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Apple executives talk about the origins of the Dynamic Island in interview

By Kenny Yeo - on 3 Oct 2022, 9:58am

Apple executives talk about the origins of the Dynamic Island in interview

The Dynamic Island in action.

There's no question that the Dynamic Island is one of the most interesting new features of the iPhone 14 Pro and Pro Max.

And I think there are two reasons for this. The first is that it's a feature that no one saw coming. It never turned up in any rumours and I heard numerous gasps of surprise in the Steve Jobs Theater when it was announced.

The second is that it's genuinely a very creative way of using the space around the camera cut-out. Furthermore, the way Apple has fine tuned it to work looks as if the cut-out is physically expanding and shrinking.

Naturally, Apple's most hardcore users want to know more about the Dynamic Island. So in a recent interview with Japanese magazine Axis, Craig Federighi, Apple's senior vice president of software engineering, and Alan Dye, Apple's vice president of human interface design talked more about the Dynamic Island and how it came to be.

Federighi said:

It's probably the first major operation change in five years since the iPhone X came out. Five years ago, we lost the home button with iPhone X. This has fundamentally reviewed various iPhone operation methods, such as how to unlock the lock screen, return to the Home Screen, and how to switch apps. This new feature has also changed the appearance of the iPhone, and it made me think again about how to run multiple apps, notifications, and how to manage the ongoing behaviour in the background. It was a very exciting challenge for us to consolidate what is happening on our iPhone into this small interactive place.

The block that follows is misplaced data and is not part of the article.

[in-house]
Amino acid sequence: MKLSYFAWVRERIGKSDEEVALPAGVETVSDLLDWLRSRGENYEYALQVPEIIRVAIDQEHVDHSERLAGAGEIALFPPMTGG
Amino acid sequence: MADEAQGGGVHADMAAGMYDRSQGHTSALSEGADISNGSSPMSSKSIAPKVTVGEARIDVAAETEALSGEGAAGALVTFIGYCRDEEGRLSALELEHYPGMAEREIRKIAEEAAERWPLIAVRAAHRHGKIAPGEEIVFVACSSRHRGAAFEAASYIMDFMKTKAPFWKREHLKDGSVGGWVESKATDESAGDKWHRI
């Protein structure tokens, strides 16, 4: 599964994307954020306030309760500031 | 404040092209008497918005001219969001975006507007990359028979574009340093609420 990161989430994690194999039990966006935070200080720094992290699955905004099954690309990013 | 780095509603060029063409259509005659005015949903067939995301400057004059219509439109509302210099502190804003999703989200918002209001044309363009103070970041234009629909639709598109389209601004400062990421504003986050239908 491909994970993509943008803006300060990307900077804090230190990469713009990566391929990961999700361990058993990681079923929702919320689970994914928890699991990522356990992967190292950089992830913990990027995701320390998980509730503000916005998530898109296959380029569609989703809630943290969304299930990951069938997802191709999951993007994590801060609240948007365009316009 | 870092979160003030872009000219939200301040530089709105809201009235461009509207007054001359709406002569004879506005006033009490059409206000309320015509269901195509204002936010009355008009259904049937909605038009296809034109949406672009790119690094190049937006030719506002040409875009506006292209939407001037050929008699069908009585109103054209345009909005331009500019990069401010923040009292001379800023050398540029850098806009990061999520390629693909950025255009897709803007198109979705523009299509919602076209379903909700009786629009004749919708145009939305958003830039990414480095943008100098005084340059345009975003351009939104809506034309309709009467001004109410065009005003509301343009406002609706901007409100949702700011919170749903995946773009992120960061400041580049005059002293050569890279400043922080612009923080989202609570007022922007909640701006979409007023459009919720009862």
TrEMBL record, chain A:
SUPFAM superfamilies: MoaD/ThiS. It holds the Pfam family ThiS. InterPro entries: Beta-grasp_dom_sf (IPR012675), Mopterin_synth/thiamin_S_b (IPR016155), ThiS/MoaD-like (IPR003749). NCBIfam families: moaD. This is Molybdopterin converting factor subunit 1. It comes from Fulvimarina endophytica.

Dye, on the origins of the Dynamic Island:

At Apple, it's very difficult to trace the source of ideas. Because our work is based on a huge discussion with different groups of people. However, one of those discussions was that if the sensor area on the screen could be made smaller, what could be done with the surplus space. It's not an argument that has come out in the past year or so, but it's one of the topics that has been discussed for many years.

Hit the links below to find out more. I hope you can read Japanese, otherwise turn on the translation feature in your browser.

Source: Axis via MacRumors

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